Farissi M.,Unit of Plant Biotechnology and Agro physiology of Symbiosis |
Farissi M.,Morocco National Institute of Agronomic Research |
Faghire M.,Unit of Plant Biotechnology and Agro physiology of Symbiosis |
Bargaz A.,Unit of Plant Biotechnology and Agro physiology of Symbiosis |
And 4 more authors.
Journal of Agricultural Science and Technology | Year: 2014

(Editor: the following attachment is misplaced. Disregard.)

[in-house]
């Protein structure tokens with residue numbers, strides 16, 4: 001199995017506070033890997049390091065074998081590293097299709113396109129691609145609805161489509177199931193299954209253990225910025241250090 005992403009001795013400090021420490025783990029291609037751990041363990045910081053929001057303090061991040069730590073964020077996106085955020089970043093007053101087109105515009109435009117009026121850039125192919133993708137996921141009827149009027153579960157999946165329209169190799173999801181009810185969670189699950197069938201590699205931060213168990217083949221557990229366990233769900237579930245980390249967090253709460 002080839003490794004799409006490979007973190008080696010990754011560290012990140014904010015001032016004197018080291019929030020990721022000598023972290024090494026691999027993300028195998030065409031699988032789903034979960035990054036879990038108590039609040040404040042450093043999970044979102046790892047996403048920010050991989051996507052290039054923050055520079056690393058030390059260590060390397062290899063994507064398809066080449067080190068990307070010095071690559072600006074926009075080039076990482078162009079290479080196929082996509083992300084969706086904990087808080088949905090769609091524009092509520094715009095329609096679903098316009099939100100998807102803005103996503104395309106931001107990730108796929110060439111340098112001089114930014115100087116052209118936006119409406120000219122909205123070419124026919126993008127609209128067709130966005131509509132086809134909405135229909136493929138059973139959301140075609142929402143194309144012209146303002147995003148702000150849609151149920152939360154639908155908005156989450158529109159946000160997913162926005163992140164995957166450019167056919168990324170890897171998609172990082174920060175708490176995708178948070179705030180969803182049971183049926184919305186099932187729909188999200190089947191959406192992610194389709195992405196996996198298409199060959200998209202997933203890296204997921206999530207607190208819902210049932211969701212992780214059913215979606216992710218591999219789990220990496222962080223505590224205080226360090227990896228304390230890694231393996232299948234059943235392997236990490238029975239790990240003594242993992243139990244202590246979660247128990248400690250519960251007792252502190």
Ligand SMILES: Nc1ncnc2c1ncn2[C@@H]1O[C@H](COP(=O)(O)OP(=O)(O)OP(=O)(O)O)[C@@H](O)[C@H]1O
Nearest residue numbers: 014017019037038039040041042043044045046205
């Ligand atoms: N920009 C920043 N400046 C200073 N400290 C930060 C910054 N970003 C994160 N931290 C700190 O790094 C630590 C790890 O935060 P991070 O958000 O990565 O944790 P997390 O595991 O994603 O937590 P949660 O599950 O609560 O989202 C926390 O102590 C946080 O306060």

In order to assess the effect of salinity constraint on some agro-physiological and biochemical traits in Medicago sativa L., four Alfalfa populations (Tafilalet 1, Tafilalet 2, Demnate and Tata), originated from mountains and oasis of Morocco, were tested. The plants were grown under greenhouse conditions in pots filled with sand and peat under three salt treatments (0, 100 and 200 mM NaCl). Thereafter, plants were harvested 45 days after salt treatment and some agro-physiological and biochemical parameters related to salt tolerance, such as plant biomass, water content, membrane permeability, nutrients contents, nitrate reductase and acid phosphatase activities, were measured. Results showed that increase in NaCl concentration gradually reduced plant biomass, which displayed significant differences among the tested populations. Thus, Tata population appeared to be the most tolerant population to salinity, Tafilalet 1 population was the least tolerant one, while Tafilalet 2 and Demnate displayed moderate salinity tolerance. Variations in plant growth were associated with changes in physiological and biochemical parameters. Indeed, salinity caused a decrease in relative water content, perturbation of membrane permeability, and nutrients concentrations. Results also showed that salinity inhibited nitrate reductase activity in leaves of all tested populations, but acid phosphatase activity was increased in both leaves and roots of stressed plants. Salt tolerance of alfalfa populations was associated with high inorganic ion accumulation and the maintenance of membrane integrity and an adequate level in terms of nitrate reductase and acid phosphatase activities. Source